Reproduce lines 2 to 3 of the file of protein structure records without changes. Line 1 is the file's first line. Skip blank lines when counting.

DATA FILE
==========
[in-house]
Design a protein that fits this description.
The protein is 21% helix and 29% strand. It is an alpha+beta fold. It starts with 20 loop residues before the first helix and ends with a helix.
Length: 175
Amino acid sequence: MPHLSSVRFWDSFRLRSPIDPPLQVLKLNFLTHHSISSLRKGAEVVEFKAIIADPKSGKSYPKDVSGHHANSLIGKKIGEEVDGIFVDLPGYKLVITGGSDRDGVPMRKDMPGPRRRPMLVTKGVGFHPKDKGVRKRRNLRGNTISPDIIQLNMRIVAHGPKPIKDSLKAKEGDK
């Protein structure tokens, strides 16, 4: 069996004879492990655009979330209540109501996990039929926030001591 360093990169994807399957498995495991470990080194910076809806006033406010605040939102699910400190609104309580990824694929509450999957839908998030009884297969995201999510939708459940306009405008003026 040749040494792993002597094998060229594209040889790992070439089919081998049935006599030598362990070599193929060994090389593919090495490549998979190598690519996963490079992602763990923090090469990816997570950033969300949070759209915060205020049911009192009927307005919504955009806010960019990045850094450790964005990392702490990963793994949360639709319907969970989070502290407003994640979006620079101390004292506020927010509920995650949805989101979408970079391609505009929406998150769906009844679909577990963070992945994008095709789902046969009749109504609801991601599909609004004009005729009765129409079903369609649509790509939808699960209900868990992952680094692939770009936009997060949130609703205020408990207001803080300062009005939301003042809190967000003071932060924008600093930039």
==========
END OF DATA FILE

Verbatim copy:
Design a protein that fits this description.
The protein is 21% helix and 29% strand. It is an alpha+beta fold. It starts with 20 loop residues before the first helix and ends with a helix.